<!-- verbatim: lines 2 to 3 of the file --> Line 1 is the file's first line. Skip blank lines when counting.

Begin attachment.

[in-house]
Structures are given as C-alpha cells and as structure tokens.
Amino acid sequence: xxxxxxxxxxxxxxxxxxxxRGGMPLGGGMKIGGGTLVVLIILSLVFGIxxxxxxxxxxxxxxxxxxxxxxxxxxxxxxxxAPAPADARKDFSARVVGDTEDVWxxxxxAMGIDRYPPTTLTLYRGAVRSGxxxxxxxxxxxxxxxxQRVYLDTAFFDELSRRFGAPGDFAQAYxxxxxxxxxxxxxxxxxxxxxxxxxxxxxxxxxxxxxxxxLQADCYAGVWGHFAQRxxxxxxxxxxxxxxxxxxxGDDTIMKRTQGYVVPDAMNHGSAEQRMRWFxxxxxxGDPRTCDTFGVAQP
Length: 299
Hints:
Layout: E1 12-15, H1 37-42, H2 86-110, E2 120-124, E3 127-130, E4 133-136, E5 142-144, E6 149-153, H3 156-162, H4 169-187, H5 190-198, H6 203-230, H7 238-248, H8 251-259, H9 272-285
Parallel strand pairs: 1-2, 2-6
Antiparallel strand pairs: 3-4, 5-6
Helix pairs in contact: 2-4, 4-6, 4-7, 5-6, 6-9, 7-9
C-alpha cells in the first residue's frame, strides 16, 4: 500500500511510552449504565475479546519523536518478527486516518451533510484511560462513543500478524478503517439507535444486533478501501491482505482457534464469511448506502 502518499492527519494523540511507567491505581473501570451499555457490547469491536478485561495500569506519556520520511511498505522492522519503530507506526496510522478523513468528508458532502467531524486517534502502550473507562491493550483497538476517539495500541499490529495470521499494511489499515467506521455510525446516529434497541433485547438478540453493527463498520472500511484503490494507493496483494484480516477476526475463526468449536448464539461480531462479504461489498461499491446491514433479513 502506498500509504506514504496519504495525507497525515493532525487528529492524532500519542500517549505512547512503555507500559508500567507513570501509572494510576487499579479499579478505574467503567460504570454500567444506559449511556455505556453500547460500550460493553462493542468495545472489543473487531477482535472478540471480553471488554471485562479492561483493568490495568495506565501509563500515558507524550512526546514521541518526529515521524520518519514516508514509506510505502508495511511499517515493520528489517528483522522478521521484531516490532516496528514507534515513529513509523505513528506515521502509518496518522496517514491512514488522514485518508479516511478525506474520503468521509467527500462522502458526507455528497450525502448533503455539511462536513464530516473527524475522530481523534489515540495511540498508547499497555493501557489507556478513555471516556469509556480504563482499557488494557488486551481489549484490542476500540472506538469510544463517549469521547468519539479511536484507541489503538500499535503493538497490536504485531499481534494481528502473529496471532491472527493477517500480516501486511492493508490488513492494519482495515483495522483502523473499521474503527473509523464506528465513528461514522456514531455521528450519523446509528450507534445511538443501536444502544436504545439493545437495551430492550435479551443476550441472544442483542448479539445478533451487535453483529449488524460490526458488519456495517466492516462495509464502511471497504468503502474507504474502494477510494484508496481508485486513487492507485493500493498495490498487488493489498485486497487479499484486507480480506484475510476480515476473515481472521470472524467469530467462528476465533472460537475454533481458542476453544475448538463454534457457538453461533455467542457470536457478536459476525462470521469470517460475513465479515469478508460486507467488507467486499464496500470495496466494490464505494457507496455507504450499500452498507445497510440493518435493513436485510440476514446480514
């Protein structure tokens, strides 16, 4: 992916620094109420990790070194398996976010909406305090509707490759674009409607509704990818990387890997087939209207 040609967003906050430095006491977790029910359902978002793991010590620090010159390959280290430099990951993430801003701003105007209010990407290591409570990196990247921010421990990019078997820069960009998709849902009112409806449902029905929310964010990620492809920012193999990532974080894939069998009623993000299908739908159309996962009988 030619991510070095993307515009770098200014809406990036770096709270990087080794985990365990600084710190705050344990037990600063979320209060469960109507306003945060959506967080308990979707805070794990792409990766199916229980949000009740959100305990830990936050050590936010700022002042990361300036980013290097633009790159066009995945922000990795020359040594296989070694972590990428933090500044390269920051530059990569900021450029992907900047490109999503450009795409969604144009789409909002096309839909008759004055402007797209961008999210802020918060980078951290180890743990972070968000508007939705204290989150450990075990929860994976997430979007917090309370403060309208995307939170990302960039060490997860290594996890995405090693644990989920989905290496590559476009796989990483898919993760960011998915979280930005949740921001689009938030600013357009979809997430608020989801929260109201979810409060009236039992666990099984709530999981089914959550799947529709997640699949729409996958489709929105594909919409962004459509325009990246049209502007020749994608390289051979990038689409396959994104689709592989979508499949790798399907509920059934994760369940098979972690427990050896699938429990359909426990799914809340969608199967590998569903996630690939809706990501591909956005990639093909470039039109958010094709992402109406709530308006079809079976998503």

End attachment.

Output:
Structures are given as C-alpha cells and as structure tokens.
Amino acid sequence: xxxxxxxxxxxxxxxxxxxxRGGMPLGGGMKIGGGTLVVLIILSLVFGIxxxxxxxxxxxxxxxxxxxxxxxxxxxxxxxxAPAPADARKDFSARVVGDTEDVWxxxxxAMGIDRYPPTTLTLYRGAVRSGxxxxxxxxxxxxxxxxQRVYLDTAFFDELSRRFGAPGDFAQAYxxxxxxxxxxxxxxxxxxxxxxxxxxxxxxxxxxxxxxxxLQADCYAGVWGHFAQRxxxxxxxxxxxxxxxxxxxGDDTIMKRTQGYVVPDAMNHGSAEQRMRWFxxxxxxGDPRTCDTFGVAQP